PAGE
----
This study was to evaluate whether sleep-related autonomic function in nurses recovers during their days off following a rapidly rotating, clockwise shift schedule. Ten rotating-shift nurses and ten regular morning-shift nurses were included. Nurses slept at home and were allowed to sleep and wake spontaneously. For the rotating-shift workers, ambulatory polysomnographic recordings were taken during nighttime sleep (after the second morning shift, afternoon shift, and on days off) and during daytime sleep (after the second night shift). No significant differences were found between regular-shift nurses and rotating-shift nurses in terms of sleep patterns and cardiac autonomic functions during day shift. When comparing sleep patterns within shift groups, the total sleep time of night shift was lower than their other shifts. Controlling for the variable of total sleep time allowed us to compare cardiac autonomic functions following different shifts (for the rotating shift nurses). During the non-rapid eye movement and rapid eye movement periods, the high frequency (HF) value on rotating shift nurses’ days off was found to be significantly higher than their other shifts. However, the low to high frequency ratio (LF/HF) on days off was found to be obviously lower than that during shift work. Two consecutive days off may be sufficient for nurses to recover sleep-related autonomic functions after a rapidly rotating, clockwise three-shift schedule. Sleep-related autonomic functions may be improved during days off to minimize health risks.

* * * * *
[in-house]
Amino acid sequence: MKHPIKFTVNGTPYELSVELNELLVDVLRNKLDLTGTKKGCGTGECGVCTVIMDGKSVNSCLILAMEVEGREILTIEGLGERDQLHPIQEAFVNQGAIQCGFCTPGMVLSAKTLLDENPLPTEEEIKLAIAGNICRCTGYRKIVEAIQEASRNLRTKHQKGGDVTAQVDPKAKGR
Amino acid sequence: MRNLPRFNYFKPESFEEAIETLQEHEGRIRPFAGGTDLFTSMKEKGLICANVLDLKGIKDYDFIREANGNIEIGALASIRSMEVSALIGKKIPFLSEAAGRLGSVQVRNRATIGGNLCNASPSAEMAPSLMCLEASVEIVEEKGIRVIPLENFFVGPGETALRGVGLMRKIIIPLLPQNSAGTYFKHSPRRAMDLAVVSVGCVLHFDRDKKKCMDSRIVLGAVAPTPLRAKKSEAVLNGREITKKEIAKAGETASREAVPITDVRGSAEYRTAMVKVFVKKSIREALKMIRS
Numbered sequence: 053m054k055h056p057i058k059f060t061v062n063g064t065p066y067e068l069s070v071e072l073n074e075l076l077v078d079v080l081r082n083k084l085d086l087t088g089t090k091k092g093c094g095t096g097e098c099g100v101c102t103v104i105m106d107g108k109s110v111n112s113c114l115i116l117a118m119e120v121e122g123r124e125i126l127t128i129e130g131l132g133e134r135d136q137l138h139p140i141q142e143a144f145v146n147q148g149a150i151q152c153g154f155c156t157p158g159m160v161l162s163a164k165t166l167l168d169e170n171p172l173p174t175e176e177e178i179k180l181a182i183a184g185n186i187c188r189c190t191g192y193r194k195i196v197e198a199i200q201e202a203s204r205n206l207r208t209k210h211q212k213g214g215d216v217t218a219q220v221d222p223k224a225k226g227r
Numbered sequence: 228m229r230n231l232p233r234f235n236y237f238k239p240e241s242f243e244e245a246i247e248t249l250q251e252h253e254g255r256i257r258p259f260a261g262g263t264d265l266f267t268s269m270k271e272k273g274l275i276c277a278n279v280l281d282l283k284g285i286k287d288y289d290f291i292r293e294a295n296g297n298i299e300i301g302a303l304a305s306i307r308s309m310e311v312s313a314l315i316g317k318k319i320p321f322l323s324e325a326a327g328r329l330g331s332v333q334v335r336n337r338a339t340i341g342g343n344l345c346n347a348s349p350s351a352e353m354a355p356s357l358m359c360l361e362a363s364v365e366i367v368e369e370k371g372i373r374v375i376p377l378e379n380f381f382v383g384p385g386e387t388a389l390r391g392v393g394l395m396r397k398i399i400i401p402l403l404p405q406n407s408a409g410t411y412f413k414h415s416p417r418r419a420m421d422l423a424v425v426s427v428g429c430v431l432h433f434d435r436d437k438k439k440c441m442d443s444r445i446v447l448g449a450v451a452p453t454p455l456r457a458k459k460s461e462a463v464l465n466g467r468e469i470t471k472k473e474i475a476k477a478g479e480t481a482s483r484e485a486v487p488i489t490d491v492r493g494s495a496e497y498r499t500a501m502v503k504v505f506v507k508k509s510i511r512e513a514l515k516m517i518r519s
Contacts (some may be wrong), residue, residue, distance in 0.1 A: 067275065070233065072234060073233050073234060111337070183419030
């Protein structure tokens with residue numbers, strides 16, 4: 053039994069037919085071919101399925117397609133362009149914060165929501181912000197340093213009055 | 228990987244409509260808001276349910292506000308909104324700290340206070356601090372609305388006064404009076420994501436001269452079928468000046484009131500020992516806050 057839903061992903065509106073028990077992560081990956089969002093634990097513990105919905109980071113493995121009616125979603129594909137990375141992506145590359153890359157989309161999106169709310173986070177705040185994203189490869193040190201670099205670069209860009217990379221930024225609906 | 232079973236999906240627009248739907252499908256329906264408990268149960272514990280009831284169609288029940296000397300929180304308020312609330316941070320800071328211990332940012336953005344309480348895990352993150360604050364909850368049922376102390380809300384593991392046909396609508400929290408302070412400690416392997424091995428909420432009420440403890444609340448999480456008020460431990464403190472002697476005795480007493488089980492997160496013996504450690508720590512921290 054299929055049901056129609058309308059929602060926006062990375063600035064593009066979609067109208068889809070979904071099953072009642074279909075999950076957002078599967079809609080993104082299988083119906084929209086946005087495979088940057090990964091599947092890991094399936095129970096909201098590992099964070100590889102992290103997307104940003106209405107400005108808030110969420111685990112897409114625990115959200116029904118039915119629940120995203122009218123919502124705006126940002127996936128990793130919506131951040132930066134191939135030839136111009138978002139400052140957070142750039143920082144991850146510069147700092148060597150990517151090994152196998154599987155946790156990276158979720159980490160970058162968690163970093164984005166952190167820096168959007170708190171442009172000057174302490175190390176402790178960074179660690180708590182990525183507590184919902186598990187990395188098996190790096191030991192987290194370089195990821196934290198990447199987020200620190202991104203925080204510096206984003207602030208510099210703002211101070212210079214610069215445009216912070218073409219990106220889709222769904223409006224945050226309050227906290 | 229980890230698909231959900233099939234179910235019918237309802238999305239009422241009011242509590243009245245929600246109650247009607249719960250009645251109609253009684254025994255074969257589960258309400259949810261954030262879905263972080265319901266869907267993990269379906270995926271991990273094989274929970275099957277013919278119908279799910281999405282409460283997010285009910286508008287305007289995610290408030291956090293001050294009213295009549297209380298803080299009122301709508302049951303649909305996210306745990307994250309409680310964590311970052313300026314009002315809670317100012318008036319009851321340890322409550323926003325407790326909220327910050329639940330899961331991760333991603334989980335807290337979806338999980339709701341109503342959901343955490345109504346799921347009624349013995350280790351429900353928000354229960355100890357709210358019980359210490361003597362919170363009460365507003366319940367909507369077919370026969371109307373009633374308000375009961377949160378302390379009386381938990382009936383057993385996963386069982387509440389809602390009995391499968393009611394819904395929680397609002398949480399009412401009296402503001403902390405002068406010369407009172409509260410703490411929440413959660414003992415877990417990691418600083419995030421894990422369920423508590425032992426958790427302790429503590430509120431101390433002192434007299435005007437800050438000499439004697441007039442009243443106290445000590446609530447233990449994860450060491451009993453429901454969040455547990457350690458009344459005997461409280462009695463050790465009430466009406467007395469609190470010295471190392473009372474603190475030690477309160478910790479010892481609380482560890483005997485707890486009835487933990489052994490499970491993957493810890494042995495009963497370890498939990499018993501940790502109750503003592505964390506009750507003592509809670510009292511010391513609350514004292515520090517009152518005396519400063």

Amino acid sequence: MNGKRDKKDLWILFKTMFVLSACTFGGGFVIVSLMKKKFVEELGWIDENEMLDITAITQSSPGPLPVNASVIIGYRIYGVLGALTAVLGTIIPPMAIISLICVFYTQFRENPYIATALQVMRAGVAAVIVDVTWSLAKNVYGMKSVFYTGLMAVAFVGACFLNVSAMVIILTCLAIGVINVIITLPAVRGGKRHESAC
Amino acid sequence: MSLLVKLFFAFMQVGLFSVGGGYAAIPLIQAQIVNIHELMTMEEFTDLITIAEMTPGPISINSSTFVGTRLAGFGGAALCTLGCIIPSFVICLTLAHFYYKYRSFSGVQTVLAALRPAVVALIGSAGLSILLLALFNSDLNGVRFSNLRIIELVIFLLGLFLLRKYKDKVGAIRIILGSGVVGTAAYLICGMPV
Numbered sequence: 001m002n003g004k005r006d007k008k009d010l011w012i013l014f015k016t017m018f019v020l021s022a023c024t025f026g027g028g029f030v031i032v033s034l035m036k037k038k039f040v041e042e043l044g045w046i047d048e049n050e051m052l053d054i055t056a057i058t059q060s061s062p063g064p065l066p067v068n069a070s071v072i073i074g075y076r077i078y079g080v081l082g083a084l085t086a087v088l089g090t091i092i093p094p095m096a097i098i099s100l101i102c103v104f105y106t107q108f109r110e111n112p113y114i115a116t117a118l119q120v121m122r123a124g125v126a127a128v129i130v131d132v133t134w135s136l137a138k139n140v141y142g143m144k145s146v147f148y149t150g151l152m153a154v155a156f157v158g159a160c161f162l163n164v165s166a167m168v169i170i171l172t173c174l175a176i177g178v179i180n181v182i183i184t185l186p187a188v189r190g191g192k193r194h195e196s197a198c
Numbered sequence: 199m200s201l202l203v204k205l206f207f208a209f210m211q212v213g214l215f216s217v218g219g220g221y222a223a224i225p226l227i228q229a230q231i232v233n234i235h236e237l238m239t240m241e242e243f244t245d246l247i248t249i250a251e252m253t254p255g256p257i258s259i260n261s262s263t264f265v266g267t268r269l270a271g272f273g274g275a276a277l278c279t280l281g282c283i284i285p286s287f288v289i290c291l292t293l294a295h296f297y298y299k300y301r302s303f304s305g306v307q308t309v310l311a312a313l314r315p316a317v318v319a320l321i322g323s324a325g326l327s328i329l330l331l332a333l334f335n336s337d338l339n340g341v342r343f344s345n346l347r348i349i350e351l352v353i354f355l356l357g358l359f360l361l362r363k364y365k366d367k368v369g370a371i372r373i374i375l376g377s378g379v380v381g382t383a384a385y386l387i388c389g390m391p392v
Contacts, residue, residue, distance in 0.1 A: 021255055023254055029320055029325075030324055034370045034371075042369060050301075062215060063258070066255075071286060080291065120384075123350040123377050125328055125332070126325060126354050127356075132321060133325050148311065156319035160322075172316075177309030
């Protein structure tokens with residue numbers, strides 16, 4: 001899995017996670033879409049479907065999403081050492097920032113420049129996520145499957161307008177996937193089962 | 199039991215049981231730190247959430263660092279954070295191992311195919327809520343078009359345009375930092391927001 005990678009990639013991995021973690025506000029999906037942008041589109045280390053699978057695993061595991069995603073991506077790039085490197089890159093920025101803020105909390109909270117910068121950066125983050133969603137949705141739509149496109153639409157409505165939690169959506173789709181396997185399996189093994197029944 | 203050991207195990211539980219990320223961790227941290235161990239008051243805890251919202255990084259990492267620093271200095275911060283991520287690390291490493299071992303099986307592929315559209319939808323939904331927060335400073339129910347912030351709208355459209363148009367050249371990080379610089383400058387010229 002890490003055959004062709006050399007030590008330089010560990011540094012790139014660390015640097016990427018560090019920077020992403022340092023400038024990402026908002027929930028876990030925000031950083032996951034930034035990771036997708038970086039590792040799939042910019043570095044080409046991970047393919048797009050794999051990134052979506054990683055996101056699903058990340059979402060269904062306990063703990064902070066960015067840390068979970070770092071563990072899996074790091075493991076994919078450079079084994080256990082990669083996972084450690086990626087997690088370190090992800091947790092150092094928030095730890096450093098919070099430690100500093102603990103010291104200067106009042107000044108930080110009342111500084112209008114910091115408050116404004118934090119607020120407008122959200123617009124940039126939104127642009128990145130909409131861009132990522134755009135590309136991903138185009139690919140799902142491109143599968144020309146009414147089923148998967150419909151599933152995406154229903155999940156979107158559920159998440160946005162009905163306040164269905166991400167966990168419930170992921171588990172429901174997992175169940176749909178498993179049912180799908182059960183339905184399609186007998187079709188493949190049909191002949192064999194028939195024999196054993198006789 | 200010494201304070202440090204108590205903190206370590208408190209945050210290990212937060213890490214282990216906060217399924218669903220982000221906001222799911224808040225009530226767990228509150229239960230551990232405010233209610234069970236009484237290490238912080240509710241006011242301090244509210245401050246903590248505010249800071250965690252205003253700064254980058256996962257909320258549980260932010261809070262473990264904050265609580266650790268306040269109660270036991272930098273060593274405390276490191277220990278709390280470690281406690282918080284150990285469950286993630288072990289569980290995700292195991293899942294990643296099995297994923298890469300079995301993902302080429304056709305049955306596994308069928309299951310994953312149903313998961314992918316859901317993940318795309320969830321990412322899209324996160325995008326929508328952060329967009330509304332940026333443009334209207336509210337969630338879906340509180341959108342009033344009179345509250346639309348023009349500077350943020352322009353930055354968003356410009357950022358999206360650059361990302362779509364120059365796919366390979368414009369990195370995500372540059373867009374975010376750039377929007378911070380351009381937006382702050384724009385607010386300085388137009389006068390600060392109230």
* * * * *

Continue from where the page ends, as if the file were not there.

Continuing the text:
2012 by National Institute of Occupational Safety and Health